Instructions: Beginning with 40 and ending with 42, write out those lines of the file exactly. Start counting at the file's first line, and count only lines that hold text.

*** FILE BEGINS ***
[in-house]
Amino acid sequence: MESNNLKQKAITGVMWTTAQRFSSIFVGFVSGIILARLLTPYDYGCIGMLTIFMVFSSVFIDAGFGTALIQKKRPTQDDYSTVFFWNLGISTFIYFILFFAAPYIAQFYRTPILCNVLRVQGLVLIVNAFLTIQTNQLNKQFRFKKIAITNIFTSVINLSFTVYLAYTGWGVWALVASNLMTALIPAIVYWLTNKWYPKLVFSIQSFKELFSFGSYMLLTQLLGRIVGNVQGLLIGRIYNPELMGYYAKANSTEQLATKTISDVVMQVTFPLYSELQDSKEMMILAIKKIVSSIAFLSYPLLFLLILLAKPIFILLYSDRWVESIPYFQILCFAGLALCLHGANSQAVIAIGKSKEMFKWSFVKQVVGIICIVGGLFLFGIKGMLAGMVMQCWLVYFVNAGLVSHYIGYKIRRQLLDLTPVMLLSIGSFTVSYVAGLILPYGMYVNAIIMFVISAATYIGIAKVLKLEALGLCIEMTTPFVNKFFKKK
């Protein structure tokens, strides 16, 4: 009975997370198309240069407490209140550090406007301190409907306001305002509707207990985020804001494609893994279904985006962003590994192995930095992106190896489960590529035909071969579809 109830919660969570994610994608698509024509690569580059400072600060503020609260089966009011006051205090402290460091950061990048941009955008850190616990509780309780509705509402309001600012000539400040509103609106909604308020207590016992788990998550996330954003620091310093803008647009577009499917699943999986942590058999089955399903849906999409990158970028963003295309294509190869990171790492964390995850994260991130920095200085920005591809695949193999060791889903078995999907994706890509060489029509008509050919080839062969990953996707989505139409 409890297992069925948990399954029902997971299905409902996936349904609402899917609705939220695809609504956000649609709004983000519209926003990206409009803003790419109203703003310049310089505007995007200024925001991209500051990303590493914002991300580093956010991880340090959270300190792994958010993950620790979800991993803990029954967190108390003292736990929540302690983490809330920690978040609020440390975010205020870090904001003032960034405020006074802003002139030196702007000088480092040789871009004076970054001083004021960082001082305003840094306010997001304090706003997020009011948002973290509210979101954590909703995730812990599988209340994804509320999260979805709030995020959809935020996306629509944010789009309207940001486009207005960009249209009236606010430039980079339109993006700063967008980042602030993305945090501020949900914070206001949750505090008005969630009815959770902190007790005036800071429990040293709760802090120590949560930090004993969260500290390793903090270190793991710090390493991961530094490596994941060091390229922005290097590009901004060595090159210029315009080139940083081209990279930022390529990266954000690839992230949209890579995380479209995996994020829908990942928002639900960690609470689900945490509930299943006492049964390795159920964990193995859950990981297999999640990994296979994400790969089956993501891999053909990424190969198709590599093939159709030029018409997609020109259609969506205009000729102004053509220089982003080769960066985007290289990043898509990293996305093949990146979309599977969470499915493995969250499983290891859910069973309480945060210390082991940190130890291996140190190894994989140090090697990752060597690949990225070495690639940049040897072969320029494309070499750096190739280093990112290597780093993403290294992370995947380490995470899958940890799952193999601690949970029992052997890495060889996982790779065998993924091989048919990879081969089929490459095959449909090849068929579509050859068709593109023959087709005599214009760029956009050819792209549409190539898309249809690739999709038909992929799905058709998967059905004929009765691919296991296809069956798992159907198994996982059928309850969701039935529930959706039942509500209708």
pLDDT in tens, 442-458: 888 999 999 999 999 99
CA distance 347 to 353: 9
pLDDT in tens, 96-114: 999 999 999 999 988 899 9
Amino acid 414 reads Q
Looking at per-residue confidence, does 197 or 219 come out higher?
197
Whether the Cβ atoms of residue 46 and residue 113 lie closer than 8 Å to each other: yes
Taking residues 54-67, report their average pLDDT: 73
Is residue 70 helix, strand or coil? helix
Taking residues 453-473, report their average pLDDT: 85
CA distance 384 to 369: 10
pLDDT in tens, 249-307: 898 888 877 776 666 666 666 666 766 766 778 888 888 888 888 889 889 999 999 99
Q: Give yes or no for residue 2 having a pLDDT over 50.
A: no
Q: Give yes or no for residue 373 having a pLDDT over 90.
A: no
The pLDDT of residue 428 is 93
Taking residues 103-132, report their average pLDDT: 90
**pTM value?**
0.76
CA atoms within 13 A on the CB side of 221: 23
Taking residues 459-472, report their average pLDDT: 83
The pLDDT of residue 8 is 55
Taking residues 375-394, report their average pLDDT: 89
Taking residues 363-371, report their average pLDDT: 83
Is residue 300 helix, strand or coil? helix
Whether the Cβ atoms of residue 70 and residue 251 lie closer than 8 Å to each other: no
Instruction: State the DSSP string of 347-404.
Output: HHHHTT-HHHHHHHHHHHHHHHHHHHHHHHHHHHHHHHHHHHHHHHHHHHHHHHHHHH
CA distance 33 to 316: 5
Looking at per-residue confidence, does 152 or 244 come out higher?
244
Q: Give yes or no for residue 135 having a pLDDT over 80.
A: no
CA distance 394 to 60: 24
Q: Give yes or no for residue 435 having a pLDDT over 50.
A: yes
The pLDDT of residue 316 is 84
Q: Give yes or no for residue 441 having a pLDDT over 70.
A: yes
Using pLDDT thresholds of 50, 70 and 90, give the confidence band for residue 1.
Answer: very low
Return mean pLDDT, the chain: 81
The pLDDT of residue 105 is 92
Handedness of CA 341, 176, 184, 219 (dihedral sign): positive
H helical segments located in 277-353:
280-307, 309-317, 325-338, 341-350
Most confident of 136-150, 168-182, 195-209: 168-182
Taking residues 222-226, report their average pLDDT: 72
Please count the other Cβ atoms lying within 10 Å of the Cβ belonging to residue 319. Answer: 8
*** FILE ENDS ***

A: yes
The pLDDT of residue 316 is 84
Q: Give yes or no for residue 441 having a pLDDT over 70.